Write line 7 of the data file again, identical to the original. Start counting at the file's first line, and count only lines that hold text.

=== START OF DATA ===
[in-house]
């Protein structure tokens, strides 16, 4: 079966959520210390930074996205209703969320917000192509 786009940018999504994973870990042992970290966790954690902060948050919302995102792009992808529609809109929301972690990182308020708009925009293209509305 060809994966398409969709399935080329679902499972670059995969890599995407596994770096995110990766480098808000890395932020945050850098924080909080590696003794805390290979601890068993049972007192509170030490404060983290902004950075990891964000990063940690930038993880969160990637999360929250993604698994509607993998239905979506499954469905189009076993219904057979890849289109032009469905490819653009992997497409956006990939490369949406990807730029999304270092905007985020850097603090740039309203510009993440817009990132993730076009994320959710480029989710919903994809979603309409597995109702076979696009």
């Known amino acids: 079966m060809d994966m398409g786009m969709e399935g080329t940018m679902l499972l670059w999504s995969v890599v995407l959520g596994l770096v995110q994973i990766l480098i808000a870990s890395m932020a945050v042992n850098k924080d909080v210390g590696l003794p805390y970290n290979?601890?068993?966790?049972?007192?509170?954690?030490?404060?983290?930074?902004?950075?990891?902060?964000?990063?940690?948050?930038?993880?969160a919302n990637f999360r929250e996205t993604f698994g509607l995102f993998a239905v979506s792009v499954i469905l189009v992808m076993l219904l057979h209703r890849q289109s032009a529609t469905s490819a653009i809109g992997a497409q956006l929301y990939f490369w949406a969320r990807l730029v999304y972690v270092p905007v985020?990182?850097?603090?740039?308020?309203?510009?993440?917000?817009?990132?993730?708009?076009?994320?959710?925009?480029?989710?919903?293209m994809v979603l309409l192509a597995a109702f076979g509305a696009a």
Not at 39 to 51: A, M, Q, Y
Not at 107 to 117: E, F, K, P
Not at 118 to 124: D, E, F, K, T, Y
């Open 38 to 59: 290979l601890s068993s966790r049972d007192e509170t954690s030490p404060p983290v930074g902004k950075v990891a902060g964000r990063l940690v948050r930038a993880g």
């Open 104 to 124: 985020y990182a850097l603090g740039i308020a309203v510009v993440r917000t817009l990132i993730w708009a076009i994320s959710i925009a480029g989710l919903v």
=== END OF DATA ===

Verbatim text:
């Open 38 to 59: 290979l601890s068993s966790r049972d007192e509170t954690s030490p404060p983290v930074g902004k950075v990891a902060g964000r990063l940690v948050r930038a993880g």